This week, our guest food editor, Sandy Ho, put something special together to highlight six Los Angeles-based chefs. We are so honored to share the work of these incredible creators and hope you will join us in support of their initiatives. Here, Sandy chats with Quianna Bradley of A Pinch of Salt on how she got her start, what makes her move, and how she has been affected by this incredible and unprecedented moment in time.
SH: How has Covid 19 and the Black Lives Matter movement affected you and your business?
QB: To be honest, COVID 19 was a blessing and a curse. I was going through a tough period in my personal and business life and really needed a break. I needed the world to slow down so that I could get my head back in the game. COVID 19 gave me just that. As a chef and caterer tho, it's been rough trying to find a place in all this. By March 25th all events we booked had been canceled with no reschedule date in sight. Even restaurants had shut their doors, finding work was more difficult than ever before. The "current movement in the world" has given black business owners the chance to step up and shine. More people are looking to support black businesses.
SH: Describe a pivotal moment in your career that has led you to where you are now.
QB: The most pivotal moment that has happened so far was the night I forgot the salad dressing and ran out of food!
I was catering a fundraiser event for 200 people in Long Beach and once it was time for the food to be served I realized I didn't have dressing. I feel as if my brain shut off. Even though there was a store around the corner, I had no idea what to do. My assistant for the night watched as the ship was sinking and never once offered to run tot he store. At that same event, once I thought all the tables had been served we began serving seconds, low and behold one table never got to eat and we ended up running out of food. I thought my head was going to explode. It was after this event that I realized that I didn't like the stress and responsibility of feeding such a large crowd of people. I felt like such a failure I almost walked away completely from my business. It would take years before I was confident enough to restart and relaunch. So here we are 2020 and I am no longer catering events with over 50 people.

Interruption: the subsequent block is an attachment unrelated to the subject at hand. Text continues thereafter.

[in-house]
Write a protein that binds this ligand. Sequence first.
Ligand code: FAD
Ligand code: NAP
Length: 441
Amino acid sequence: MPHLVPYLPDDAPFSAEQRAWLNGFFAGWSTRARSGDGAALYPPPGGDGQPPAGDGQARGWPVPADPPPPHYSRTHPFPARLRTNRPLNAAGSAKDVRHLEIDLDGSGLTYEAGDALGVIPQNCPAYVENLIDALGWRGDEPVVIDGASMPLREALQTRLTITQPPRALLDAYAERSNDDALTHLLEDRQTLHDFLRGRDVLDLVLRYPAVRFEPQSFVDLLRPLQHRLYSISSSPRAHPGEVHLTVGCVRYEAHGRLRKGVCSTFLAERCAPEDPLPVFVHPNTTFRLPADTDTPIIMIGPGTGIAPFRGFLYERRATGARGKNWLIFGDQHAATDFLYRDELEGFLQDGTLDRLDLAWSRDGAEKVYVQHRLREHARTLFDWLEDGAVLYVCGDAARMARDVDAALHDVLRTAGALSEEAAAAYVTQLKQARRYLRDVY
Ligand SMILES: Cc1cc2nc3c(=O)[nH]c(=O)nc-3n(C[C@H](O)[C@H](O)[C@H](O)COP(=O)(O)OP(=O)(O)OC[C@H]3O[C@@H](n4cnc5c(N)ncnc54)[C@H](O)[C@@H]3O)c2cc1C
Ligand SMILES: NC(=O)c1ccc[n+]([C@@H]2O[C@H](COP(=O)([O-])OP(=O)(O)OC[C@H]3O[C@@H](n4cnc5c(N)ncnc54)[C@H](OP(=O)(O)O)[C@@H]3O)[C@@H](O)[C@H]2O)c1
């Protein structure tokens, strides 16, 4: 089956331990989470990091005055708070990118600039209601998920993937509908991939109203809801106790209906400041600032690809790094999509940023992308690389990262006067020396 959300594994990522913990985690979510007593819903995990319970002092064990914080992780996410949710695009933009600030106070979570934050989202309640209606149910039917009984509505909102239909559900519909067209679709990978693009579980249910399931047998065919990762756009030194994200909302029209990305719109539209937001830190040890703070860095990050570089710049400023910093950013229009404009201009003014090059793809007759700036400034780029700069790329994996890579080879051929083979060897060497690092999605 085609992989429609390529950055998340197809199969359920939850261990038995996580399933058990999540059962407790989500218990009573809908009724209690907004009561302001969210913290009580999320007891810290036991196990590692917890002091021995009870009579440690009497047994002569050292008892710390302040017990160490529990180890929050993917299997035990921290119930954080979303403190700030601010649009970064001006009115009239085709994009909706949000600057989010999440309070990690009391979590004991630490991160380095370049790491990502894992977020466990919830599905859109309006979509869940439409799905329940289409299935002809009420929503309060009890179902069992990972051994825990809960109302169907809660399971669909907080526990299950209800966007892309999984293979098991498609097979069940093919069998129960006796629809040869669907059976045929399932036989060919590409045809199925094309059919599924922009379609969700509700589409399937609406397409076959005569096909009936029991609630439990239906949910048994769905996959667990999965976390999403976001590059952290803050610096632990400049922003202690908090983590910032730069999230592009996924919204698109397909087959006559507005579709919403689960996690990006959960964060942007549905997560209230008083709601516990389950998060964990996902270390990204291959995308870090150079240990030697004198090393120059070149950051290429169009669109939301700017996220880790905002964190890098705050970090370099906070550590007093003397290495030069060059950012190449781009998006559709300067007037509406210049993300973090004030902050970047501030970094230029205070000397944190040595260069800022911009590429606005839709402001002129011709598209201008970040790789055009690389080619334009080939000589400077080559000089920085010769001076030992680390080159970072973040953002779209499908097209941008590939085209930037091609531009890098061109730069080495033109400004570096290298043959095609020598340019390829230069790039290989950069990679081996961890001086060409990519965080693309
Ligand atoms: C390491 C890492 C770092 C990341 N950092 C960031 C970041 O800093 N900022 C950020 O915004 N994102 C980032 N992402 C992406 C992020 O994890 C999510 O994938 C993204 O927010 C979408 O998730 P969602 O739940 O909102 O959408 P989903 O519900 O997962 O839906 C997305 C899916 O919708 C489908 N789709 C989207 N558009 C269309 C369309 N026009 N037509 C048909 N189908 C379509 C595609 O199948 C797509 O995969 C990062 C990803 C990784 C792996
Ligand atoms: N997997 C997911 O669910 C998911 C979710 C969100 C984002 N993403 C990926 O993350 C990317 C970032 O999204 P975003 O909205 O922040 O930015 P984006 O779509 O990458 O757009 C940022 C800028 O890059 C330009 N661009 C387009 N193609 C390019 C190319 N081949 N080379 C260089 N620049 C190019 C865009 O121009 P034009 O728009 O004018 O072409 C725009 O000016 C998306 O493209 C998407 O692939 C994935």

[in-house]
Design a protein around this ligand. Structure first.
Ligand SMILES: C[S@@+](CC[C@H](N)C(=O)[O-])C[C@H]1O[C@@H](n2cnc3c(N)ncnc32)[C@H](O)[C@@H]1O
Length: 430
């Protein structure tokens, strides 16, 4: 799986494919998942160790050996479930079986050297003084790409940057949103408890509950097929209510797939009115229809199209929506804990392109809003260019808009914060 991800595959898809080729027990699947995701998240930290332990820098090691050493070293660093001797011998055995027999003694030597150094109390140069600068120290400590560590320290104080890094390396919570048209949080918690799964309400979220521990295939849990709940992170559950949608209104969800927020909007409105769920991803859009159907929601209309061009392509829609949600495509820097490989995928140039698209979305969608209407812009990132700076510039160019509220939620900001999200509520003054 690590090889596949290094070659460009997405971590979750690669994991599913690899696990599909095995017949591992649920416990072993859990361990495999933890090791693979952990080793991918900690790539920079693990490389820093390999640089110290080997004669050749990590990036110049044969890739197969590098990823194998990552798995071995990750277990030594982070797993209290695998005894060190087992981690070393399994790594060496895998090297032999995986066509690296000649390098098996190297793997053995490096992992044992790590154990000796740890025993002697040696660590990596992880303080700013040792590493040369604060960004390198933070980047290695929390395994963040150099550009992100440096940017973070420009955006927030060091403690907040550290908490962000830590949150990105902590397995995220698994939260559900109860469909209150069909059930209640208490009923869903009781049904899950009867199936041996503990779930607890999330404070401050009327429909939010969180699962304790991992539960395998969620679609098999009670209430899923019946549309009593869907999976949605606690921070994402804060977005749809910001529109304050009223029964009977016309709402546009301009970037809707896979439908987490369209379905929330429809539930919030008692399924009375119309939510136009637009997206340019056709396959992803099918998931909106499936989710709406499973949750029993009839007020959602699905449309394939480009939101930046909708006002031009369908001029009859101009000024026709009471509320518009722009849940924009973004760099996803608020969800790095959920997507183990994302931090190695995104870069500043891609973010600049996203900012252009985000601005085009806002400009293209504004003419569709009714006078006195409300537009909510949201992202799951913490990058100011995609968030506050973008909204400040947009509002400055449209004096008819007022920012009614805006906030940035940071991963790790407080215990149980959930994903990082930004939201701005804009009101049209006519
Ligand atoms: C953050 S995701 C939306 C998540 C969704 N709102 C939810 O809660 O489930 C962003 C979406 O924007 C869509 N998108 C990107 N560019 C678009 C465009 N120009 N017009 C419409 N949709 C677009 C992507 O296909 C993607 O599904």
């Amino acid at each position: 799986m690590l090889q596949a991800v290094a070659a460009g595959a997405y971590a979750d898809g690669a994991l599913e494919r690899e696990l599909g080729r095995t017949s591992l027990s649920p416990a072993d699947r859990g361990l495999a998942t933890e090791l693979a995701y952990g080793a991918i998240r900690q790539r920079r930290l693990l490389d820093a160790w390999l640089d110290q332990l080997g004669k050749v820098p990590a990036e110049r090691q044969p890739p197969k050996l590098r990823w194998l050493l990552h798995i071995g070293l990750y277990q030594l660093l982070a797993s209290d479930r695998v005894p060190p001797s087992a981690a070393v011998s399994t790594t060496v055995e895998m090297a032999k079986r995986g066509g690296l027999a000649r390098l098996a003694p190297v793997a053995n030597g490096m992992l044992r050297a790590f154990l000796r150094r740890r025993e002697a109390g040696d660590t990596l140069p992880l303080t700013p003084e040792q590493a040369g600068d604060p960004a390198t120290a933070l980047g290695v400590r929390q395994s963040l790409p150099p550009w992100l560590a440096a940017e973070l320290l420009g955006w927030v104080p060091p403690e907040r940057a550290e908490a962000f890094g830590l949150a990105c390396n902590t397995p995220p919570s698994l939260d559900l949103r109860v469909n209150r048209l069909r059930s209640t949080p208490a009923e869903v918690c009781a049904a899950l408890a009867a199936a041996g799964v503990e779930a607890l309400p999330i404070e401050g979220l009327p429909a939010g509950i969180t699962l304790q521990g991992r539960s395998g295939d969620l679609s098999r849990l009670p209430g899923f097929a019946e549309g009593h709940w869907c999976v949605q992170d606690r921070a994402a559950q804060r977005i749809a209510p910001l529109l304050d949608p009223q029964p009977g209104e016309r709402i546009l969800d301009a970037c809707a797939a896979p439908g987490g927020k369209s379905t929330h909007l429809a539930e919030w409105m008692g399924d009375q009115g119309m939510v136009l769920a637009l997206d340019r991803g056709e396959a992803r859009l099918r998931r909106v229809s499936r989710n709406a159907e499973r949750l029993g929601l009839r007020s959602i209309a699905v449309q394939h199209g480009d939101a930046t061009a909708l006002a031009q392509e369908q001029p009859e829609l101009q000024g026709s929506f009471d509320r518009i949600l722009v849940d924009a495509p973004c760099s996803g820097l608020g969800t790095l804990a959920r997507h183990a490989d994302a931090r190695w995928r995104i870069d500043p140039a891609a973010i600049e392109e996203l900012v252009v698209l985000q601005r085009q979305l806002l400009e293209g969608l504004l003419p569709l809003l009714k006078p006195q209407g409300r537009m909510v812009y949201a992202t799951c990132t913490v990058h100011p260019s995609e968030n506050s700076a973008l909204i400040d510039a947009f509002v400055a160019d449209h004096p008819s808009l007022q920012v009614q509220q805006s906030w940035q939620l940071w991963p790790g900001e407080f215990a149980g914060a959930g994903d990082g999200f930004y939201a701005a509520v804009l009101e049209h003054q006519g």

SH: What empowers you to wake up in the morning and what keeps you up at night?
QB: Such a good question! I believe the thing that empowers me most is love. Whether it's the love I have for myself or the love poured onto me by my kids. Love keeps me going. Even on the darkest days.
Different things keep me up at night for different reasons. Sometimes it's fear and worry, sometimes it's excitement and love. Most of the time it's coffee. LOL
SH: Where do you see yourself in the future of food for the world?
QB: Honestly, I am not really trying to reinvent the wheel. My dream is to be a highly sought after private chef, that no one really knows. I don't know if that makes sense. I just want to make good food and travel around the world in my converted school bus doing so. I also plan on hosting pop up dinners and small networking events as I begin to make a name for myself. I would also like to begin shooting food like art. I have a background in photography as well, I think it's time for me to merge the two.
SH: How can we stay up to date with what you’re doing?
QB: You can follow me on Instagram. @chefqui_